In what ways does the presentation of Polonius contribute to the play Hamlet? Essay

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Hamlet By William Shakespeare Question: In what ways does the presentation of Polonius contribute to the play Hamlet? Answer: Polonius, counsellor to the King, father of Ophelia and Laertes (and although there is no evidence, it is possible that he held a position at court under Hamlets father, the old King), seems to have a close and developed relationship with the Royal family and knows a lot about the family history and background in detail.

With the audience knowing this, Shakespeare can use Polonius as a weapon against Claudius in order to protect himself or to blackmail the King. He is a man who is trusted by Claudius, the King of Denmark who tells Laertes, Polonius son, that his father is incalculably important to Denmark, The head is not more native to the heart, The hand is more instrumental to the mouth, Than is the throne of Denmark to thy father. (Act 1 Scene 2- Lines 47-49) Here, the audience would most probably be double-minded and slightly confused.

This is because; this quote could have a double meaning. It could be that Claudius wants to get rid of Polonius but finds difflculty in doing so as he is a faithful servant towards himself, the King. Polonius could be an instrumental devise for Claudius for those critical times. We soon learn that Polonius is an over-protective father who only wants to protect his children from society and has a strong authority over his son and daughter. This is learnt when Claudius calls to Laertes:

Have you your fathers leave? What says Polonius? (Act 1 Scene 2- Line 57) More evidence of Polonius fatherhood is reflected in Act 1 Scene 3, when Laertes is talking to Ophelia before he is about to leave for France. Polonius enters the scene giving lecture-like advice to Laertes about factors to engage in and factors not to engage in. Be thou familiar, but by no means vulgar. (Act 1 Scene 3-Line 61) He does not trust his son, which is why Polonius calls on Reynaldo to make inquire of his behaviour.

Not only this, but he gives long-winded advise to Ophelia without considering her feelings by playing with his words, and accusing Ophelia of not being able to make her own sensible decisions. You speak like a green girl (Act 1 Scene 3-Line 101) Polonius playing with words does not stop here; he uses plays on words to make himself seem intelligent, while the king and queen are not impressed at all. When he realizes that his artificial intelligence is not working, he comes up with his lovesick plan (to spy on Hamlet and use Ophelia).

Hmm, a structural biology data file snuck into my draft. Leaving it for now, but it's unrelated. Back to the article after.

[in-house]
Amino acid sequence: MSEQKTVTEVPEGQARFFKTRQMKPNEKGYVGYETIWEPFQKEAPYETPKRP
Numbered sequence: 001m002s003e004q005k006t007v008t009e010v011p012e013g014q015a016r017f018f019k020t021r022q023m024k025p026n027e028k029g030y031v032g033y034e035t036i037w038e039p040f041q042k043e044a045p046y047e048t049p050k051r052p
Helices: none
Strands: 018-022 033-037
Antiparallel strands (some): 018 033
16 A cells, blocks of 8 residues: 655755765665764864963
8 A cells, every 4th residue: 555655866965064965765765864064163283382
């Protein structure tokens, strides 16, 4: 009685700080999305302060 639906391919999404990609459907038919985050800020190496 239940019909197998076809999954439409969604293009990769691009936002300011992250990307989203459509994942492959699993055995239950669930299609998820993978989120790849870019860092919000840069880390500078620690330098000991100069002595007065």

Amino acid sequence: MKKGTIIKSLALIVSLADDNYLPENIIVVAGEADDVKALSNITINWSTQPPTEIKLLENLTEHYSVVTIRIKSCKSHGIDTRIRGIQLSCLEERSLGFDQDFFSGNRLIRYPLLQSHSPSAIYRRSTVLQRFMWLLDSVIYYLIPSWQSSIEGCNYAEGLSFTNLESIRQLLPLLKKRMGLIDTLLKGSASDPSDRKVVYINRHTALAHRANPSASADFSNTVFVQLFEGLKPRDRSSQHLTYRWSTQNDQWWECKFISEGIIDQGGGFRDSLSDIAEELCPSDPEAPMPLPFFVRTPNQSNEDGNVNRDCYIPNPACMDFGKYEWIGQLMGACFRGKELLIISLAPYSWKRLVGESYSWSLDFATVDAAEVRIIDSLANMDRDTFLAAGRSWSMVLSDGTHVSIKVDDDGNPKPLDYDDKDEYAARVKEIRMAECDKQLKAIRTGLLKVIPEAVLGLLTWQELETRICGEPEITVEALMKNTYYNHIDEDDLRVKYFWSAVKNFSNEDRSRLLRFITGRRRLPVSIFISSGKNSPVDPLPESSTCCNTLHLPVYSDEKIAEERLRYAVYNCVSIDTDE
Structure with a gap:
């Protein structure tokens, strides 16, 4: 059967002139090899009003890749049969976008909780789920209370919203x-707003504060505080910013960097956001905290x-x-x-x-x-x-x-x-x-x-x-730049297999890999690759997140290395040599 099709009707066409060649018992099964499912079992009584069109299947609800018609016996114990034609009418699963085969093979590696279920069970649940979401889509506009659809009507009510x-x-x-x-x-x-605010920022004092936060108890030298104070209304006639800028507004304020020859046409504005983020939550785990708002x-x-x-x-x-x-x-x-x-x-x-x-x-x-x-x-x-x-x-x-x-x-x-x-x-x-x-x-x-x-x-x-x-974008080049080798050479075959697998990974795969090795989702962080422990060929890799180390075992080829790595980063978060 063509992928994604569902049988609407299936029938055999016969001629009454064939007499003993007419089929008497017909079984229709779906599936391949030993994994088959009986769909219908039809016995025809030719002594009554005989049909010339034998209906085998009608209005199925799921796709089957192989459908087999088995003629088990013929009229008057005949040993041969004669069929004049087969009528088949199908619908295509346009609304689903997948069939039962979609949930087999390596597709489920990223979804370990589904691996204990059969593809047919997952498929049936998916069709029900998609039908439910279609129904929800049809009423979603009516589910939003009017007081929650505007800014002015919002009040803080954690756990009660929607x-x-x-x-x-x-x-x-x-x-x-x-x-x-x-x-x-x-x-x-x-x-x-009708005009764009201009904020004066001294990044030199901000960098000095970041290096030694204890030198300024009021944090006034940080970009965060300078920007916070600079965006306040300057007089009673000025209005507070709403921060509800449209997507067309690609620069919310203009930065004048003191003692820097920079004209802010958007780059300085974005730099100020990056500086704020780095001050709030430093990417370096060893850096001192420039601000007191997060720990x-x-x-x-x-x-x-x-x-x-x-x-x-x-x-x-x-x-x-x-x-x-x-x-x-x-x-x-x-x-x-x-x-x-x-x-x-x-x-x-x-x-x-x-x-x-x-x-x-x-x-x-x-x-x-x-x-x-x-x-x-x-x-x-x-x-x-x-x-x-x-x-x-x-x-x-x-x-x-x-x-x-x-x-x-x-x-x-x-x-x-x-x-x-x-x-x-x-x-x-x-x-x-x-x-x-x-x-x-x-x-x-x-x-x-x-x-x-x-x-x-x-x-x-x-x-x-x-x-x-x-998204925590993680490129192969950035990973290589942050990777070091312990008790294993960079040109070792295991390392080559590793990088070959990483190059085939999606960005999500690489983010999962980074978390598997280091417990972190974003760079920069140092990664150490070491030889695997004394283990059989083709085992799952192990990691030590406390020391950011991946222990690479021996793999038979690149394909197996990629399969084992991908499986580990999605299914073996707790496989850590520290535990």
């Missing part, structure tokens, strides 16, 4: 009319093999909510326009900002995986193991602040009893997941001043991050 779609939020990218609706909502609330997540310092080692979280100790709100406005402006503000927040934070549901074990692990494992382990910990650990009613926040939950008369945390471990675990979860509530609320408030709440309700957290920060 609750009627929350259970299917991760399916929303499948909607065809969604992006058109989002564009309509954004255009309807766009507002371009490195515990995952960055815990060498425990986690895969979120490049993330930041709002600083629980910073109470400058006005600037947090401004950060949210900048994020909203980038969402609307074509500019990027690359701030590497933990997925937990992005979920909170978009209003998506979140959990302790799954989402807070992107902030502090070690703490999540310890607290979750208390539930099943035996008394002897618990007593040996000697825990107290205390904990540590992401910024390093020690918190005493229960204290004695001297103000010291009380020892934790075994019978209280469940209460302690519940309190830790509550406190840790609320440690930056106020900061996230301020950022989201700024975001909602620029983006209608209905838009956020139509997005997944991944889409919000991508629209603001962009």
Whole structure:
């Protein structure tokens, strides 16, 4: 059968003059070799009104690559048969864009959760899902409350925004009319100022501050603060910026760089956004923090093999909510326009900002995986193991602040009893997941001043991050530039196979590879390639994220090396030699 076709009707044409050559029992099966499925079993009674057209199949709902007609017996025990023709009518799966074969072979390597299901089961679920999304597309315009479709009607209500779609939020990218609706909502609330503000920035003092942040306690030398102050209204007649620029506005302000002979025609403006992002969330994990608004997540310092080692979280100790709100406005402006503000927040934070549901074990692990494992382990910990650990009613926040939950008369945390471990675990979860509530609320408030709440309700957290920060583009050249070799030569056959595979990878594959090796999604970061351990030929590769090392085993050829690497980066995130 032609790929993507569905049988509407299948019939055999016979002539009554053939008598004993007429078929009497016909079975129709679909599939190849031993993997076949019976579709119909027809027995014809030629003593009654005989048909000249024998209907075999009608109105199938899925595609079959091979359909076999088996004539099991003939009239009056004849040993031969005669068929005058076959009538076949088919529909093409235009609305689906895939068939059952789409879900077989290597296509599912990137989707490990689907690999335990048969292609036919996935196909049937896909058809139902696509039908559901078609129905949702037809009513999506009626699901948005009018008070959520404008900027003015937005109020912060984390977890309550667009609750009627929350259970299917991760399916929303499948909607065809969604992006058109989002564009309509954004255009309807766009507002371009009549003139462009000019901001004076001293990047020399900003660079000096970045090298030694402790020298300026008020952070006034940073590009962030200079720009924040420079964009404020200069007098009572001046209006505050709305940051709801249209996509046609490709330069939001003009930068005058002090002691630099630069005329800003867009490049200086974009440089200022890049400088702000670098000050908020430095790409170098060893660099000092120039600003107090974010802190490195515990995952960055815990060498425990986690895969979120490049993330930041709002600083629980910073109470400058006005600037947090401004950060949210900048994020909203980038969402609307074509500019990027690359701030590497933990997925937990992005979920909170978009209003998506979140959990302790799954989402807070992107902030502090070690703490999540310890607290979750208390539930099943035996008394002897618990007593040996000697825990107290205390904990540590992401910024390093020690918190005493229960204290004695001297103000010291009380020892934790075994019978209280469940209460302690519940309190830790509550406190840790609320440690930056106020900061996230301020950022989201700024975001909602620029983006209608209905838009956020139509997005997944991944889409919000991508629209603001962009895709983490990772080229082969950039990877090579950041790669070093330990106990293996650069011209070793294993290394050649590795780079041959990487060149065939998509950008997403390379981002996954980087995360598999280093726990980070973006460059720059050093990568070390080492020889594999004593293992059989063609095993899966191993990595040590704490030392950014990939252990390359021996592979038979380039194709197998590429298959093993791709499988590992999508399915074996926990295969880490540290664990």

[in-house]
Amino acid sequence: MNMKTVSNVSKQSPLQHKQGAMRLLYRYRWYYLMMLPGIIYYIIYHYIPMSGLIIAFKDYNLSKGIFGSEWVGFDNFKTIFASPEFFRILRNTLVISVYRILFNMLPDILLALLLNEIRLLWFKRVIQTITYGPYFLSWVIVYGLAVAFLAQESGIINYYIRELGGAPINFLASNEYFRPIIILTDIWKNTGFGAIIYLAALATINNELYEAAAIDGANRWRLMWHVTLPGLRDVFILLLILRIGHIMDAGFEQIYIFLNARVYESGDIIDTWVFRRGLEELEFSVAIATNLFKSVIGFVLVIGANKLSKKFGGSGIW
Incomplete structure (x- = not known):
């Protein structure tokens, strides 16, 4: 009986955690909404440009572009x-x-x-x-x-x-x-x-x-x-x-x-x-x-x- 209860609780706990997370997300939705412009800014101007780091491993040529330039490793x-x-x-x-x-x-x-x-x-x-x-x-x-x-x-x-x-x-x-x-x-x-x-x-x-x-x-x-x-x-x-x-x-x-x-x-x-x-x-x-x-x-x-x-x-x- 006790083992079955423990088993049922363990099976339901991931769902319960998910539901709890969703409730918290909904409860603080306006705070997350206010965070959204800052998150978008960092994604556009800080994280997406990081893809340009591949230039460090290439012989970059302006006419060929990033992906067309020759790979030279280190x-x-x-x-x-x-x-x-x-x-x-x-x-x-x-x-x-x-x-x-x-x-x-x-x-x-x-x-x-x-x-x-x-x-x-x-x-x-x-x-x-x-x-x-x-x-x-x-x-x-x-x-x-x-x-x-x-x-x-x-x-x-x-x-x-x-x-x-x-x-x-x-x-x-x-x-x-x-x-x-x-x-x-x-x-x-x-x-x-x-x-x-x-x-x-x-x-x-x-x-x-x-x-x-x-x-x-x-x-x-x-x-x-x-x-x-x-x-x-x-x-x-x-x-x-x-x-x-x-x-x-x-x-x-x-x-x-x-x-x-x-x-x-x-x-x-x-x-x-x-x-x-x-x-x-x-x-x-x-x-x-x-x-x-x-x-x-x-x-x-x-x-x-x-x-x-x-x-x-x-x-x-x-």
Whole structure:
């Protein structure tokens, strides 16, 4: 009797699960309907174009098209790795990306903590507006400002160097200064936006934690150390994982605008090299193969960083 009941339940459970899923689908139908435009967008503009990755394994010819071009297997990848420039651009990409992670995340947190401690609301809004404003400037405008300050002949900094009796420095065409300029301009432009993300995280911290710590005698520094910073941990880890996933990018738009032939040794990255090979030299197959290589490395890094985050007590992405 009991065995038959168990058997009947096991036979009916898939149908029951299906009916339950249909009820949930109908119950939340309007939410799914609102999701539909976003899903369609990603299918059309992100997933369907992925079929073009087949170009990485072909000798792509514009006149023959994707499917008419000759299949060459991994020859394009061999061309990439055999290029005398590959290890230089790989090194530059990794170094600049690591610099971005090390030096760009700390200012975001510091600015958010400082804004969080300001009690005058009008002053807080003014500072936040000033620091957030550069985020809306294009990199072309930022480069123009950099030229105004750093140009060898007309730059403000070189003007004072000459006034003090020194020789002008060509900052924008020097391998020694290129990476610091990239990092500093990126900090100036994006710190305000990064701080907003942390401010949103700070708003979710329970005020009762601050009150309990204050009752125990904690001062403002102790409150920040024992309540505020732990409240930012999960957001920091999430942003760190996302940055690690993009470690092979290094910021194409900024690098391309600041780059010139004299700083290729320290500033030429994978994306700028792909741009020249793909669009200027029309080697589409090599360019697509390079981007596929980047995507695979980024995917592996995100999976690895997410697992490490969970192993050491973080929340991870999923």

Polonius does not only educate his children for their own benefits but also to his advantage. He uses them, Ophelia in particular, to promote his career leading to Claudius to be proud when it is revealed that Ophelia is carrying out her fathers dirty work for him without knowing, which reveals the degree of Polonius craftiness. Polonius job is his priority (this is reflected when he uses Ophelia to maintain his head high in front of the King) and it is shown in the play that he is capable of going to extreme measures just in order to satisfy all and to keep his head high.

I think he wants all too much to impress the king and queen, which explain his silly talking in circles. For example, when he says, Give first admittance to thambassadors; My news shall be the fruit to that great feast. (Act 2 Scene 2-Lines 51-52) Shakespeare uses a character like Polonius in this play to complement the whole play. Polonius ironical jokes make the audience laugh and balances out the play against the tense and important scenes in the play, HAMLET Do you see yonder cloud thats almost in shape of a camel?

POLONIUS By thmass, and tis like a camel indeed. HAMLET Methinks it is like a weasel. POLONIUS It is backed like a weasel. HAMLET Or like a whale? POLONIUS Very like a whale. (Act 3 Scene 2-Lines 339-344) In act 3 scene 2, when Polonius is told to fetch Hamlet, Hamlet plays with his words towards Polonius and makes him say anything that he, Hamlet chooses. Polonius is made to say that he sees imaginary shapes, which Hamlet suggests, are in the clouds.

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